Casual Conversations

She wiped the tears from her cheeks using the flat of her hand, wiping them to the sides of her face. She shuddered, then started to giggle. She sniffed, blew her nose in a paper napkin, straightened her back and said, “I’m amazing.”

Two women sitting at the same table with her looked up curiously. One sitting to her left wore a red pullover, her lipstick in the exactly same color. She smiled and leaned over to her giving her all her attention.

The girl continued in a high, scratchy voice, “I must be the only person in the world who would get this right.”

“What did you do?” the one dressed in red asked as the other friend took a sip of her tea. She didn’t look interested; her eyes glanced through the coffee shop, met mine briefly, then glazed over and stared into the distance.

“I drove over to the Office Centre to buy a new ink cartridge and only realized when I stood there in front of the counter, faced with a million different types, that I had forgotten to write down which one I needed.”

“Yeah, so?” the one sipping tea said absent-mindedly.

The girl glanced at her, then smiled and looked back at the girl wearing red. She said, “Well I just bought one. I closed my eyes, pointed one out in the rack, paid for it and returned home not giving it another thought.”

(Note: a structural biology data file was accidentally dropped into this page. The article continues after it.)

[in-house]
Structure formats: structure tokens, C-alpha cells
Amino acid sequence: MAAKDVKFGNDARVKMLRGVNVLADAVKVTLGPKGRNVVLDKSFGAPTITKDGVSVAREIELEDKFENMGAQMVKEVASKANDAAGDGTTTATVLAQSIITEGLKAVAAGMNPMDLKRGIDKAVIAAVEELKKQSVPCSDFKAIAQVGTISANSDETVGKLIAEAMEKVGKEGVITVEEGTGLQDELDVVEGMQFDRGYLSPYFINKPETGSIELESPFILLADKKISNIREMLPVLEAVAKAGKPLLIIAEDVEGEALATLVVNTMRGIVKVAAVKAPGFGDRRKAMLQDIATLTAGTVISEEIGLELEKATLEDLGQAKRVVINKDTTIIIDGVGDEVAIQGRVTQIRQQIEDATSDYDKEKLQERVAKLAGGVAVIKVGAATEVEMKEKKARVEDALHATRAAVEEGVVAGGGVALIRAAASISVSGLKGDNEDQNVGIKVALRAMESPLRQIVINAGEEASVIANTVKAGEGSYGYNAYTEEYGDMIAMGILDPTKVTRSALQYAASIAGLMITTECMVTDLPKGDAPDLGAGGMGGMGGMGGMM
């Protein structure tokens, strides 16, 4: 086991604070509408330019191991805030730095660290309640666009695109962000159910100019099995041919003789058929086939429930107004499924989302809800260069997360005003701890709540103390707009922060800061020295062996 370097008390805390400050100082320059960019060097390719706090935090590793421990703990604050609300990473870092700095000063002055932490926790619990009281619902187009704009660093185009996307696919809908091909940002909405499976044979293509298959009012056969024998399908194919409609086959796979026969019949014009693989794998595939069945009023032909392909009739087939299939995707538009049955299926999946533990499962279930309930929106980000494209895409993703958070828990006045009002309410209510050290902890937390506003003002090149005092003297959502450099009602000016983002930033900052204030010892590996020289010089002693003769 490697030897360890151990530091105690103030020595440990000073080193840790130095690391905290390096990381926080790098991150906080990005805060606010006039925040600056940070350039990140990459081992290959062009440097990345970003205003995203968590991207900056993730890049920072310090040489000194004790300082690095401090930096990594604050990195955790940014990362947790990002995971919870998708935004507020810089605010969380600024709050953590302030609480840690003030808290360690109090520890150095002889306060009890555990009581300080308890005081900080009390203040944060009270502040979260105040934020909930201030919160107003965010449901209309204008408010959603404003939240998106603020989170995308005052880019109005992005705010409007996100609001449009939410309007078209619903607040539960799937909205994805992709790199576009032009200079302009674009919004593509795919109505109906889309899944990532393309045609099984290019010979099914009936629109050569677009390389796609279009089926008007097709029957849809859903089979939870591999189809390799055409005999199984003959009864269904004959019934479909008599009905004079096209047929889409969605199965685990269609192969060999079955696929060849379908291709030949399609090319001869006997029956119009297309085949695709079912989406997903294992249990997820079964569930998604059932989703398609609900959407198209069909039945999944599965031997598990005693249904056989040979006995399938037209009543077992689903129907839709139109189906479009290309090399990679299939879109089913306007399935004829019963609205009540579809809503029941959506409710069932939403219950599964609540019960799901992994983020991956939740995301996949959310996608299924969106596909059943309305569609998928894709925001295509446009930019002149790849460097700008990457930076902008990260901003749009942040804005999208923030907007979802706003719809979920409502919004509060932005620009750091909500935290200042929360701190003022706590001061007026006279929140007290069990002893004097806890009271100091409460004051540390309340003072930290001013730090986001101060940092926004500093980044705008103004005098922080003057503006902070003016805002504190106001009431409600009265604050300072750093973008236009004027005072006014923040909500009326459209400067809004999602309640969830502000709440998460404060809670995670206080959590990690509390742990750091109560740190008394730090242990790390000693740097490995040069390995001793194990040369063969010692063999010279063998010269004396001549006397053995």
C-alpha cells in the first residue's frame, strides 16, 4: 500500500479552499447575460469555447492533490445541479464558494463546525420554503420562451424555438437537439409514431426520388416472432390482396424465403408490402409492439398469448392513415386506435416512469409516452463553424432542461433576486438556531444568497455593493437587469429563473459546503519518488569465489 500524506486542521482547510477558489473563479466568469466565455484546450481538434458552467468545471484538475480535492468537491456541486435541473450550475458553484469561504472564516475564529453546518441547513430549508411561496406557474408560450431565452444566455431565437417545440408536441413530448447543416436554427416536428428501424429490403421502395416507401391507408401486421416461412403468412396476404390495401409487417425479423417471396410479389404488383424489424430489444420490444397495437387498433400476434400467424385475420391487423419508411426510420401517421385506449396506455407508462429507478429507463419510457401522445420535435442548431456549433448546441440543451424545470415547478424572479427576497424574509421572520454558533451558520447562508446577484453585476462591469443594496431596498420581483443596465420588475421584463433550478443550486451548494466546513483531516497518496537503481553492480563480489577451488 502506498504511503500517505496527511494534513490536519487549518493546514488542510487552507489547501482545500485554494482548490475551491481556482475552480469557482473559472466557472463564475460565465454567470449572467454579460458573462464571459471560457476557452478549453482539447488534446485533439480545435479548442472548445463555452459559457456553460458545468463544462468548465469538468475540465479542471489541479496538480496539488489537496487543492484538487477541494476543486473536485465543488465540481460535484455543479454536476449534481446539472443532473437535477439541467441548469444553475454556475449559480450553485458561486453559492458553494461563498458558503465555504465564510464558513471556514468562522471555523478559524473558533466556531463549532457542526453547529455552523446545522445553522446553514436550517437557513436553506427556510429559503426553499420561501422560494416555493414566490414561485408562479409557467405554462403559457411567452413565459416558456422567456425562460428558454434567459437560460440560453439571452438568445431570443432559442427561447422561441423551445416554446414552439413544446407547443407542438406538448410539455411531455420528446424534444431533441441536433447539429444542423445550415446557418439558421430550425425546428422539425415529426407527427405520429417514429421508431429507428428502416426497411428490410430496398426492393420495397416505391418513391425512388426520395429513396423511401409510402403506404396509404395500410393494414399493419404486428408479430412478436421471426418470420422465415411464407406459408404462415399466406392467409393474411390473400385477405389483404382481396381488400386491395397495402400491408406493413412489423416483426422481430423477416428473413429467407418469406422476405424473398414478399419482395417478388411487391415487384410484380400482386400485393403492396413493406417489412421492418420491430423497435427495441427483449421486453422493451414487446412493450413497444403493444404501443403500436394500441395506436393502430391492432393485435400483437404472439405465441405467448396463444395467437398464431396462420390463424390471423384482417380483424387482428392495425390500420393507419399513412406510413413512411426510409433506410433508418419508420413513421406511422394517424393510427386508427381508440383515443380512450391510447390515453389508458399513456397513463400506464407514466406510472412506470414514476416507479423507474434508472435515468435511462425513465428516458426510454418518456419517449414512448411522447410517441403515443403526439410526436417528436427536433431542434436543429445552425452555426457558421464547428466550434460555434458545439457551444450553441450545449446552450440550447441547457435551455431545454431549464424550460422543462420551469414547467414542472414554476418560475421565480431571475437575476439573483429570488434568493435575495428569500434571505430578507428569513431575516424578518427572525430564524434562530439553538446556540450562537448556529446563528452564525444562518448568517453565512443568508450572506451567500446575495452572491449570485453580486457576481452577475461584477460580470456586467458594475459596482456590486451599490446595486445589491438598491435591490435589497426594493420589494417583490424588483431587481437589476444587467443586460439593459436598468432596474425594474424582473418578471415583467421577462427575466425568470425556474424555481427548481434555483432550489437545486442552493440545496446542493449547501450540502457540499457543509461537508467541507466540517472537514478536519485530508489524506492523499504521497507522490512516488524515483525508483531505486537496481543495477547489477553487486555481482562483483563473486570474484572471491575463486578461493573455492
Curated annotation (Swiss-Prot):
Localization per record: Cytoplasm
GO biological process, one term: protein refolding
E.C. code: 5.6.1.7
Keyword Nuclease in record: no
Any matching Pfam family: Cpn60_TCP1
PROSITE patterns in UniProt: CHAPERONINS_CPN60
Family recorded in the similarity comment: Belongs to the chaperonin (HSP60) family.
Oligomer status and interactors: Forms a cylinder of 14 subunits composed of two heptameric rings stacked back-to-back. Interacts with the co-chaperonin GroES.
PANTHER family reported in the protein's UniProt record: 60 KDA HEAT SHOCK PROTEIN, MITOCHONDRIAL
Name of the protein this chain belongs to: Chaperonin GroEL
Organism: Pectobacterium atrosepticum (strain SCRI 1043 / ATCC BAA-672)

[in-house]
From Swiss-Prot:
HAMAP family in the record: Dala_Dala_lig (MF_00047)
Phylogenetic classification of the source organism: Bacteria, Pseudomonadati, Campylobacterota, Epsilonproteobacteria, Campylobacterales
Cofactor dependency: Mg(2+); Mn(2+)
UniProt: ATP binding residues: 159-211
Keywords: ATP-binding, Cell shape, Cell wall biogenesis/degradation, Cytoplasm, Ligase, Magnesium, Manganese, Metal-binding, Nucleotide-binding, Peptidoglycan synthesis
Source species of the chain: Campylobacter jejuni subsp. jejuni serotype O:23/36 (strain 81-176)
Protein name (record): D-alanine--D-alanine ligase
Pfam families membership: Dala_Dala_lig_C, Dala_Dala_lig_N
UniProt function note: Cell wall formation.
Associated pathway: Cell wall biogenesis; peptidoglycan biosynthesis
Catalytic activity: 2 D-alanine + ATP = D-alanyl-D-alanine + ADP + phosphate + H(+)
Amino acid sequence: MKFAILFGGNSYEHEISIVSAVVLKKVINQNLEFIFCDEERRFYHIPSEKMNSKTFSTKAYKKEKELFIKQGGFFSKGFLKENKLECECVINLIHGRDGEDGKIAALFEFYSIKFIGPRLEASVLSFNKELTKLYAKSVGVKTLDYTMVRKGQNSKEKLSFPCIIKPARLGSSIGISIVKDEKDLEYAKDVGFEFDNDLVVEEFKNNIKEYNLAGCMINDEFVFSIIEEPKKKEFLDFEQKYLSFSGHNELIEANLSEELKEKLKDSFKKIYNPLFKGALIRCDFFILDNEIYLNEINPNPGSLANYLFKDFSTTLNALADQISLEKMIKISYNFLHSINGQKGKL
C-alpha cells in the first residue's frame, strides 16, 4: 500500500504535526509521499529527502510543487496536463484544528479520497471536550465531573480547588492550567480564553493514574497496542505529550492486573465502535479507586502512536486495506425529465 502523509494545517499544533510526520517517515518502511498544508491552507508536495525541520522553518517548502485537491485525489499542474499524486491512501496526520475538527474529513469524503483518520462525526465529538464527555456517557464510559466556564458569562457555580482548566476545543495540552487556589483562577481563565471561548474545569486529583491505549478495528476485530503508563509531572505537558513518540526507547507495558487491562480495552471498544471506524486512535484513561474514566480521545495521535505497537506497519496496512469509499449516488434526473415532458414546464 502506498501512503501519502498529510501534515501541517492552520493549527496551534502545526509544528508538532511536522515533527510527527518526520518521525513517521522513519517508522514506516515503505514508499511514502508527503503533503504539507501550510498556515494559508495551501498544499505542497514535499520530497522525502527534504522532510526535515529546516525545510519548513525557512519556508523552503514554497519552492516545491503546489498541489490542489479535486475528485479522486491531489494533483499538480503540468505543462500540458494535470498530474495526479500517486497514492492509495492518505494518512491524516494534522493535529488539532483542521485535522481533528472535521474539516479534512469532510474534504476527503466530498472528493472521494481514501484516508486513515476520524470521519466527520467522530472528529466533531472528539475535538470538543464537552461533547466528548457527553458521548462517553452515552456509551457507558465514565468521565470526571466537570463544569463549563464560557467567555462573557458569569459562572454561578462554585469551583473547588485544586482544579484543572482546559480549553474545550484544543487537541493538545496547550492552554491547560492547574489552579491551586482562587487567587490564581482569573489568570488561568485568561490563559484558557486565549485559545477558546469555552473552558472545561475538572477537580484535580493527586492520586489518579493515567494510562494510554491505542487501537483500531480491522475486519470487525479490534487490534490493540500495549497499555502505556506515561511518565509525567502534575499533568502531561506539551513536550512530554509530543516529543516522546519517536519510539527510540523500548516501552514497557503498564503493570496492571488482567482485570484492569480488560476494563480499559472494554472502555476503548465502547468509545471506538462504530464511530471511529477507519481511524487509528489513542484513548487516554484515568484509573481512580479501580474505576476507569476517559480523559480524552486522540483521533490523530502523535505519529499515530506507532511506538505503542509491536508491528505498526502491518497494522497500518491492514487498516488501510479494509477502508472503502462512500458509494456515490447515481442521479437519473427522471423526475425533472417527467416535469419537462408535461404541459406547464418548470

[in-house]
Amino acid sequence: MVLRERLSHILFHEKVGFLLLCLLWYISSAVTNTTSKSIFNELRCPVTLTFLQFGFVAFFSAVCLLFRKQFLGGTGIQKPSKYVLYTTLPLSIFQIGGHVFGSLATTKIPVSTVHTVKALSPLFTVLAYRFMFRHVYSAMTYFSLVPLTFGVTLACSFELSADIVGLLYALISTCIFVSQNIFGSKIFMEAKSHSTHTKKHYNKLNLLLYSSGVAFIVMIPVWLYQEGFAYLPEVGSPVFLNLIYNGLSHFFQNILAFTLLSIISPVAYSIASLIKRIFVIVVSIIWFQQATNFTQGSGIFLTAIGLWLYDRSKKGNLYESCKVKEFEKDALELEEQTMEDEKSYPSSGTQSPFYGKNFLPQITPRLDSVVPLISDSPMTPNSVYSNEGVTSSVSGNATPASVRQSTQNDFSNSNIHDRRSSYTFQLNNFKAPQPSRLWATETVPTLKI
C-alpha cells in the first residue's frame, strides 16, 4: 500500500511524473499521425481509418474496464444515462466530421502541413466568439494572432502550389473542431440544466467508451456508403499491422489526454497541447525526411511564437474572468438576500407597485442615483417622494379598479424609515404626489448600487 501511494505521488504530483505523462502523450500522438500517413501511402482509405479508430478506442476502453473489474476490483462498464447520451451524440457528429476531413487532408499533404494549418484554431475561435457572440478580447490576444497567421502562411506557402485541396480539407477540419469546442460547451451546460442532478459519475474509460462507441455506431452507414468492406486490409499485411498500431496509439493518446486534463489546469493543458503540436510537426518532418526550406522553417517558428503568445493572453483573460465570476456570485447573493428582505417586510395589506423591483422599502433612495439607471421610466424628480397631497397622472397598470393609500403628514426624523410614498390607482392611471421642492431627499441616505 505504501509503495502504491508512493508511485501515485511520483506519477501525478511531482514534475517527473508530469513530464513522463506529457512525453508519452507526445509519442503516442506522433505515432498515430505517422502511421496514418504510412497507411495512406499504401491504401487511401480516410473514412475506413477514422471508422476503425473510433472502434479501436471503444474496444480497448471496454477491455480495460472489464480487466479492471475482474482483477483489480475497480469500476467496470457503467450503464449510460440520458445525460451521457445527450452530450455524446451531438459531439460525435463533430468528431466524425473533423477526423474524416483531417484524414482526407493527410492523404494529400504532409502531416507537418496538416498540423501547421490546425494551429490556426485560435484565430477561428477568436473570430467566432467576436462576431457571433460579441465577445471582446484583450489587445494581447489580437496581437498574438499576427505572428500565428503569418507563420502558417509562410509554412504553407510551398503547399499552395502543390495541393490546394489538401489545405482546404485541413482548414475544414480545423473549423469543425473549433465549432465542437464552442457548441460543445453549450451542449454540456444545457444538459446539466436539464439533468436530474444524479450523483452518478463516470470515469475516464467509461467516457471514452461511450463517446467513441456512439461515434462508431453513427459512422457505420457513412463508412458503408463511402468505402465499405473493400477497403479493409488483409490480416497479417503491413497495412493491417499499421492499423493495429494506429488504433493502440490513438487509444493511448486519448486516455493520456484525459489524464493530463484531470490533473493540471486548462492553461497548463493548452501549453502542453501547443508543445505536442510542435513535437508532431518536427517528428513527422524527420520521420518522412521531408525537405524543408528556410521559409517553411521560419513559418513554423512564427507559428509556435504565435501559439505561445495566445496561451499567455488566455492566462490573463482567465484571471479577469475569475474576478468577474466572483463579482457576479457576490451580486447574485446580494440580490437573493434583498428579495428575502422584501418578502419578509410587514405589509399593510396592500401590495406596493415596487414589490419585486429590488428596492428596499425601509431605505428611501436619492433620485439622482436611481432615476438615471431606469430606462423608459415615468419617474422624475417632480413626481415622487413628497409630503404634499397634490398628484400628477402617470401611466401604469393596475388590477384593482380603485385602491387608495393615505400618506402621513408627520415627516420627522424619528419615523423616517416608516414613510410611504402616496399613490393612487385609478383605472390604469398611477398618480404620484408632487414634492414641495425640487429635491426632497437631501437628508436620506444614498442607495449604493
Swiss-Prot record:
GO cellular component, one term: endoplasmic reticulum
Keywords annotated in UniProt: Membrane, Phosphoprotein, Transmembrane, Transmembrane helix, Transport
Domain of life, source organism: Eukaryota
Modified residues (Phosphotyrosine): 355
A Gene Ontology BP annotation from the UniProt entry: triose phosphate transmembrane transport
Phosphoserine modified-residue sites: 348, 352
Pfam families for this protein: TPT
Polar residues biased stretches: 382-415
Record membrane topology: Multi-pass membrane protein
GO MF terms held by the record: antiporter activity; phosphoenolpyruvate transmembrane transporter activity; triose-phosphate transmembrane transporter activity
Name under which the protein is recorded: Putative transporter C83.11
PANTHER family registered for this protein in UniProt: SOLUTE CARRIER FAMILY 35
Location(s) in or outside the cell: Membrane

“And when I got home, I found out it was the exact one I needed, and you know what I did.”


“I texted Gerry.”

The girl who was sipping tea started fumbling in her bag, looking for something. I could hear keys rattling.

The one wearing the red pullover was still leaning over to her, her elbows on the table, her face intrigued.

“Do you know what I sent him?” She started pushing buttons on her phone. “Here it is, right, listen,” she said, “I’m amazing. Do you want to know what your little girlfriend did, your amazing, fantastic, beautiful, intelligent girlfriend did? Well she has gone to Office Centre to buy a new ink cartridge for the printer and … well I forgot to write down the cartridge number and finding myself face to face with millions and millions of types of cartridges and not knowing which one I needed had the brains and the insight to buy exactly the right one.”

“And what did he reply?”

“Oh, not much just that he was in a meeting and he couldn’t be disturbed.” Then they laughed, except the one drinking tea she got up. “I have to go,” she said while putting on her coat, “I need to do some more shopping.” She walked over to the door, ‘I need to buy an ink cartridge,” she mumbled over her shoulder to her friends, “how exciting.”

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